Wearg, Clement (DNB00)
|←Weale, John||Dictionary of National Biography, 1885-1900, Volume 60
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WEARG, Sir CLEMENT (1686–1726), solicitor-general, son and heir of Thomas Wearg of the Inner Temple, who married, in 1679, Mary Fletcher of Ely, was born in London in 1686, and baptised at St. Botolph Without, Aldersgate, where his grandfather, Thomas Wearg, a wealthy merchant, lived. He is said to have been at Peterhouse, Cambridge (Dyer, Privileges of Cambr. ii. 22). He was admitted student at the Inner Temple on 25 Nov. 1706, called to the bar in 1711, and became bencher in 1723, reader in 1724, and treasurer in 1725.
Wearg was a zealous whig and protestant. He acted as the counsel for the crown in the prosecutions of Christopher Layer [q. v.] and Bishop Atterbury, and was one of the principal managers for the commons in the trial of Lord-chancellor Macclesfield (State Trials, vol. xvi.). In 1722 he contested, without success, the borough of Shaftesbury in Dorset, but was returned for the whig borough of Helston in Cornwall on 10 March 1723–4, having been appointed solicitor-general on the previous 1 Feb. About the same time he was created a knight. He died of a violent fever on 6 April 1726, and was buried, in accordance with the request in his will, in the Temple churchyard, under a plain raised tomb, on 12 April. He married Elizabeth, only daughter of Sir James Montagu [q. v.], chief baron of the exchequer. She died on 9 March 1746, and was buried in the same grave with her husband on 14 March. They had no children.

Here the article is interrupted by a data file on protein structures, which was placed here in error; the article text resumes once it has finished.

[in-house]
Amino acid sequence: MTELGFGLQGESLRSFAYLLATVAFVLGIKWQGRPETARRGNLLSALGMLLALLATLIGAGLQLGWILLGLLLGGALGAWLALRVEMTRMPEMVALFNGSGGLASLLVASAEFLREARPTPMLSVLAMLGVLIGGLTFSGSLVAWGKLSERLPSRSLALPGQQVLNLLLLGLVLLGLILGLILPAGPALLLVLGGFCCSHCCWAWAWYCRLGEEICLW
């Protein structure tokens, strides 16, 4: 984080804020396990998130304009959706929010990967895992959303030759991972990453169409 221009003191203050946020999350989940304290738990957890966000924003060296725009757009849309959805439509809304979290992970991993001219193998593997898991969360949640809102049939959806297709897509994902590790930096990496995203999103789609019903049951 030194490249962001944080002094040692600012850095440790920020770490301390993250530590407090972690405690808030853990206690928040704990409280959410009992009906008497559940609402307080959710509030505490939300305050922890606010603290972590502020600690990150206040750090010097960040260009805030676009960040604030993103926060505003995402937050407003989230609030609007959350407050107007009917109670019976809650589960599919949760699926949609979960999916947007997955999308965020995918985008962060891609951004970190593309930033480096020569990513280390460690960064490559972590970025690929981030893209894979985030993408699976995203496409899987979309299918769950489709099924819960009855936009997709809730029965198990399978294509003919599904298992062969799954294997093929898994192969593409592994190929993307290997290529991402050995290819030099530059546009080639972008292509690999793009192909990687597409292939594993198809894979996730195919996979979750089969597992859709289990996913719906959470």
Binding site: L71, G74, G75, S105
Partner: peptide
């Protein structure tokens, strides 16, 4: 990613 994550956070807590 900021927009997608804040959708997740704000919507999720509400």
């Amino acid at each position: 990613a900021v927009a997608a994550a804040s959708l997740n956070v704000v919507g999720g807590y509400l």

A volume published in 1723 contained ‘The Replies of Thomas Reeve and Clement Wearg in the House of Lords, 13 May 1723, against the Defence made by the Late Bishop of Rochester and his Counsel.’ Curll advertised late in 1726 the publication of six volumes of ‘Cases of Impotence and Divorce, by Sir Clement Wearg, late Solicitor-General.’ Curll was attacked for this by ‘A. P.’ in the ‘London Journal’ on 12 Nov. 1726, and two days later swore an affidavit that a book produced by him, and entitled ‘The Case of Impotency as debated in England, Anno 1613, in Trial between Robert, Earl of Essex, and the Lady Frances Howard,’ 1715, was by Wearg. It was dated from the Inner Temple, 30 Oct. 1714. Wearg then had chambers in the new court (Notes and Queries, 2nd ser. iii. 501).[Benchers of Inner Temple, p. 66; Gent. Mag. 1746, p. 164. A ‘Brief Memoir’ of Wearg was published by his relative, George Duke, of Gray's Inn, barrister-at-law, in 1843.]